Supreme Court E-Library
Information At Your Fingertips

  View printer friendly version

650 Phil. 1


[ A.M. No. P-10-2865 (FORMERLY A.M. OCA I.P.I. NO. 09-3044-P), November 22, 2010 ]




This administrative case arose from a letter-complaint, dated May 24, 2007, by one who wanted to keep her identity confidential, addressed to former Chief Justice Reynato S. Puno, informing him of the alleged irregularities happening at the Municipal Trial Court (MTC) of Catanauan, Quezon.  For purposes of this Decision, the letter-sender shall be referred to as the "informant."

The letter-complaint reported that respondent Clerk of Court Virgilio M. Fortaleza is the husband of stenographer Norberta Fortaleza and the brother-in-law of process server Gavino Otico Ramos.  All three work at the MTC. On the basis of these relations, Norberta and Gavino got performance ratings higher than those given to the other MTC employees.  The informant further claimed that the respondent made her sign blank performance evaluation forms without telling her what rating she would get, and added that she was not evaluated for the period July to December 2006. She likewise reported that the respondent is fond of attending cockfights during office hours, and allows Norberta to sign his daily time record during his absence. She also charged the respondent and his wife of using abusive words in addressing her in the presence of other people.  Despite these specific charges, the informant still requested that her identity be kept confidential.

The Office of the Chief Justice referred the letter-complaint to then Court Administrator Christopher O. Lock for discreet investigation. The Office of the Court Administrator (OCA), in its letter of September 20, 2007, informed the informant that her allegations regarding the abusive conduct of the respondent and his wife, as well as the irregularities in the filling up of her performance evaluation sheet, cannot prosper without the disclosure of her identity.  The OCA explained that the informant's testimony was needed to substantiate these charges. The OCA, nevertheless, stated that the informant's other charges, such as attending cockfights during office hours and tampering of attendance record, may be referred to Executive Judge Aurora V. Maqueda-Roman of the Regional Trial Court, Gumaca, Quezon, for investigation. Accordingly, the OCA referred the letter-complaint to Judge Maqueda-Roman for the conduct of a discreet investigation.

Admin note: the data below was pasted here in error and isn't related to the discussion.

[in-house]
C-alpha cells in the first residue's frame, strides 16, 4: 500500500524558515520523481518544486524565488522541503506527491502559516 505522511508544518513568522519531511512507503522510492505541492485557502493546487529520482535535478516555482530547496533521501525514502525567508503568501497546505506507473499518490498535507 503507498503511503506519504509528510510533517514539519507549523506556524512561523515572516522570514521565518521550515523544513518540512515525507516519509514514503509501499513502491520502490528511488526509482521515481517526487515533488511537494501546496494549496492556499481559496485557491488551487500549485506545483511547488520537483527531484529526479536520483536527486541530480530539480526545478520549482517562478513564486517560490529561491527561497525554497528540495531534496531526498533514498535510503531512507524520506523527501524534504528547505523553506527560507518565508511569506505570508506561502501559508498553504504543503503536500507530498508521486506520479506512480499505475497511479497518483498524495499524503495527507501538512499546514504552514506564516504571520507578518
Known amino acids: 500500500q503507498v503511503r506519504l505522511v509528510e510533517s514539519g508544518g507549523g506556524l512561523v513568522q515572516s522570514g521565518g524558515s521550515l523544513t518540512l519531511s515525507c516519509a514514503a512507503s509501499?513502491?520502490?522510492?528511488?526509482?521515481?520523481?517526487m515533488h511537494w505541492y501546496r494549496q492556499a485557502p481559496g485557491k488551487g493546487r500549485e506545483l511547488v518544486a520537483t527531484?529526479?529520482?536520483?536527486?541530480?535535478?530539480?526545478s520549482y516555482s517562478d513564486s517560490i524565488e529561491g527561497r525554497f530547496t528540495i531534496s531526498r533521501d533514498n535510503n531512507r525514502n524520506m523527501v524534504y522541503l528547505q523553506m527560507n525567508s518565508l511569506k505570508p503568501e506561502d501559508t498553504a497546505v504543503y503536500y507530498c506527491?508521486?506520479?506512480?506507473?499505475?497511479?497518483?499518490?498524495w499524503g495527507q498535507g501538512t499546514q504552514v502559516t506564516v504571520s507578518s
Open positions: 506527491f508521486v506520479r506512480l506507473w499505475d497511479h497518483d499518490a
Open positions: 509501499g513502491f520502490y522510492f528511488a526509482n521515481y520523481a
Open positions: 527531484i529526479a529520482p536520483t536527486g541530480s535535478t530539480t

In her Report and Recommendation dated January 2, 2008, Judge Maqueda-Roman found merit in the allegation that the respondent had been "loafing on his job" and recommended that he be meted a P3,000.00 fine, with a warning that a repetition of the same or similar acts will be dealt with more severely. Judge Maqueda-Roman dismissed the other charges against the respondent for lack of basis.

The Report and Recommendation of Judge Maqueda-Roman reads in part:

x  x  x  x

After careful consideration of the testimonies of Virgilio Fortaleza and his co-employees including his wife at MTC Catanauan as well as the other employees at [DAR], Catanauan, Quezon and a policeman at MPS, Catanauan, Quezon, [the] undersigned Executive Judge of RTC, Gumaca, Quezon is inclined to believe that indeed Virgilio Fortaleza has been loafing in office. Even his wife, Norberta Fortaleza stated that once in a while, her husband, Virgilio Fortaleza leaves office, sometimes for half an hour and stays at the police station to smoke to while away his sleepy feeling. Other employees testified that at times[,] Virgilio left office and stayed out for less than an hour or for an hour or for two (2) or three (3) hours for two (2) or three (3) days a week. In this light[,] his co-employees differ in their estimate as to the duration of his stay out of office during office hours. Where Virgilio Fortaleza went out and stayed out of office has not been clearly established, it was not shown that he stayed out of office to attend cockfight[s]. No one of the witnesses disclosed and confirmed that he went out of office and attended cockfights during office hours.[1]

In our Resolution dated February 11, 2009, the Court resolved to: (1) treat Judge Maqueda-Roman's Report and Recommendation as a complaint against the respondent and (2) require the respondent to submit his comment on the complaint.  Thus, Judge Maqueda-Roman was made the nominal complainant.

The respondent, in his comment, admitted going to cockfights during Saturdays and Sundays, but denied doing so during office hours. He likewise admitted going out of his office either to smoke, read newspapers in the library, or communicate with the police on legal matters.

In our Resolution of July 6, 2009, we referred the case to the OCA for evaluation, report and recommendation. The OCA, in its Memorandum dated October 26, 2009, recommended that the respondent be held liable for loafing during office hours, and be suspended from office without pay for six (6) months.

The OCA explained that the testimonies of the various witnesses during the investigation, conducted by Judge Maqueda-Roman, established that the respondent had been loafing during office hours.


After due consideration, we adopt the OCA's findings.